Nadim Koteich

America Undermines Human Rights the Most

Because of the degree to which the United States’ behavior on human rights is politicized, it often seems like no other country has dealt more blows to this matter. It does so firstly through its excessive moralistic and public emphasis on the issue. Secondly, it makes too many deals with violators of human rights and is obliged to overlook violations because of its many complex interests. These two excesses- that is, the moralistic and idealistic stringency (sometimes disingenuous) of successive American administrations and cold hard pragmatism, even towards “evildoers-” undermine the credibility of human rights advocacy more than anything else. Let us admit that the United States is the beacon of freedom in the world, regardless of the valid criticism of the American liberal project’s pitfalls or the crises facing democracies around the world today.

It seems that human rights, at least as it is now being discussed, is a political issue before being a question of rights. I discuss it here as a matter that is first and foremost political. As for the occasion that compelled me to write about it, it is the discrepancy I saw in the way that two leaders were treated at the COP 27 Climate Change Conference. National Security Advisor Jake Sullivan said “intensive consultations” regarding human rights were held between his president Joe Biden and Egyptian President Abdel Fattah al-Sisi in Sharm El-Sheikh. Meanwhile, the cameras at COP 27 recorded former US Special Envoy for Climate and former Secretary of State John Kerry and Venezuelan President Nicolas Maduro shaking hands, making jokes, and having a laugh.

Mr. Maduro is on the worst US lists. He is accused of an array of crimes that have pushed America to offer up to 15 million dollars to anyone with information that could help capture him. The “unplanned interaction” between the two men, as the US State Department put it, was undoubtedly more than a coincidence. This is clear once we account for the fact that the White House has sent all kinds of messages to Venezuela in its attempt to turn the page between Washington and Caracas.

We are looking at an exemplary case in point of how the US compromises at the expense of human rights to further its political interests. Venezuela impacts two critical items on the agenda of the White House. Firstly, the White House wants Venezuelan oil sold on global markets after loosening the sanctions imposed on Madura in light of the global energy crisis. Secondly, it wants to reboot Venezuela's economy in order to contain the mass exodus from the country, as most of the 700,000 people fleeing Venezuela on average each year end up in America!

We are looking at two contradictions then, as well as remarkable leniency and appeasement. The fates and rights of those Washington accuses Maduro of having killed, imprisoned, or displaced are met with laughter!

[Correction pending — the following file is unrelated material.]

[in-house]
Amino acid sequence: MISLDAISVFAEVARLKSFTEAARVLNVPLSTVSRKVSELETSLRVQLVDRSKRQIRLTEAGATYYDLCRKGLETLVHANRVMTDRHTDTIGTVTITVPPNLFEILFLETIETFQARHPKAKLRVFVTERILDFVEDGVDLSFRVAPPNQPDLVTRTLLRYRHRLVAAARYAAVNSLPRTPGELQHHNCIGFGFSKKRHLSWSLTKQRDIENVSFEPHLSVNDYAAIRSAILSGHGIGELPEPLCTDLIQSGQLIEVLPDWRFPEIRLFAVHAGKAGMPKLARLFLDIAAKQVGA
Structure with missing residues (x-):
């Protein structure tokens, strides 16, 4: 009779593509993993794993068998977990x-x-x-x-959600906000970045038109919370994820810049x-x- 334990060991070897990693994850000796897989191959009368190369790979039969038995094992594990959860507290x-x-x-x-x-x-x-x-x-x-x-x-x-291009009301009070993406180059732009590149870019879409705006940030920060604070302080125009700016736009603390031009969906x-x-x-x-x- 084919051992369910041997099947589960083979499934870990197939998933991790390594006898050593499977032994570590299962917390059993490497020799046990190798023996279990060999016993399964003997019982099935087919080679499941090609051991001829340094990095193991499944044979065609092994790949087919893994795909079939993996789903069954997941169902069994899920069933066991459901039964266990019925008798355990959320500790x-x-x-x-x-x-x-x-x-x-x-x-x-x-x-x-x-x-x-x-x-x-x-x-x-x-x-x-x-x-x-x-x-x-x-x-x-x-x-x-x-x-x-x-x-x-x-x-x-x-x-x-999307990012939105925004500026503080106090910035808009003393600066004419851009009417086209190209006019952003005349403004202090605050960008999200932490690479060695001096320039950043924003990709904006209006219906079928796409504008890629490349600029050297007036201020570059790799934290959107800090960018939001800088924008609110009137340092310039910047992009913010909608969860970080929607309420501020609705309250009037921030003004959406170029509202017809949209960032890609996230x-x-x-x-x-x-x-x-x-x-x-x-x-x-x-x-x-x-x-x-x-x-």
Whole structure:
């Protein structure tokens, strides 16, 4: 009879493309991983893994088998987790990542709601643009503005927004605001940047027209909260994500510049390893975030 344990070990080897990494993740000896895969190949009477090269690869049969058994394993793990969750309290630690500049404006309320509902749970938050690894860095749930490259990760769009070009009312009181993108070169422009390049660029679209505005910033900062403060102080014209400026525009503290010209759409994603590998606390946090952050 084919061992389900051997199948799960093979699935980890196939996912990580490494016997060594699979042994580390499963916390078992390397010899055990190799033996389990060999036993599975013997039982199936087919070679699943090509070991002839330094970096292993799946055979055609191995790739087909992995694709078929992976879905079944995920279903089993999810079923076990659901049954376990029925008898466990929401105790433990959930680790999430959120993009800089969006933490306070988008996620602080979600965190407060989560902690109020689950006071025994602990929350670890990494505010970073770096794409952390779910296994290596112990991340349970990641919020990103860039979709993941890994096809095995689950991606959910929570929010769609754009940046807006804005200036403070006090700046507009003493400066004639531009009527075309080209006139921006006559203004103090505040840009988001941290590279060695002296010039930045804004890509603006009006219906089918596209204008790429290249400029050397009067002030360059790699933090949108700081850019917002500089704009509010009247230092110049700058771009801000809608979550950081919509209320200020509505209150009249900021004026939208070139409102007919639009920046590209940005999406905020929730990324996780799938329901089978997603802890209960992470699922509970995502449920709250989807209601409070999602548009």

Here, an obvious question comes to mind.

Where are the zealots excited about inflated human rights bubbles being blown here and there in the Arab world? What have they said and done about Mahsa Amini’s right to life, not just freedom of speech, since the young woman was murdered by the morality police in Iran, igniting the ongoing popular revolt? What did we hear from Congress, the White House, and the agencies of the American administrations more broadly regarding Masih Alinejad, the young Iranian woman whom the IRGC followed to the window of her apartment in New York?

In fact, Mrs. Alinejad has been informed that the FBI would stop protecting her because of rising costs, and no human rights organization was recruited to advocate her human rights or raise awareness about what she has gone through.

All of this can be placed under the category of undermining the question of human rights to achieve political ends. This is done either through playing up some matters or systematically overlooking documented violations. These decisions always end up undermining the credibility of the noble goal of advocating human rights. It also pushes the targeted governments to double down, especially since the enemies of stability immediately pounce on the opportunity to exploit this issue in order to further their own agendas.

The opportunism with which human rights are addressed internationally are a gift to all the enemies of stability in our region. This explains the skepticism with which this matter is addressed, not as a question of rights, but of national security. The Muslim Brotherhood's 11/11 went by peacefully. But the future is less certain.

It is a long battle. In it, Washington has taken clashing with allies lightly because it is reassured of the strength of its relationships with them. Meanwhile, it takes overlooking the actions of its adversaries lightly when it wants to win them over.

The first victim of this behavior is the progress it seeks, whether genuinely or not, regarding human rights.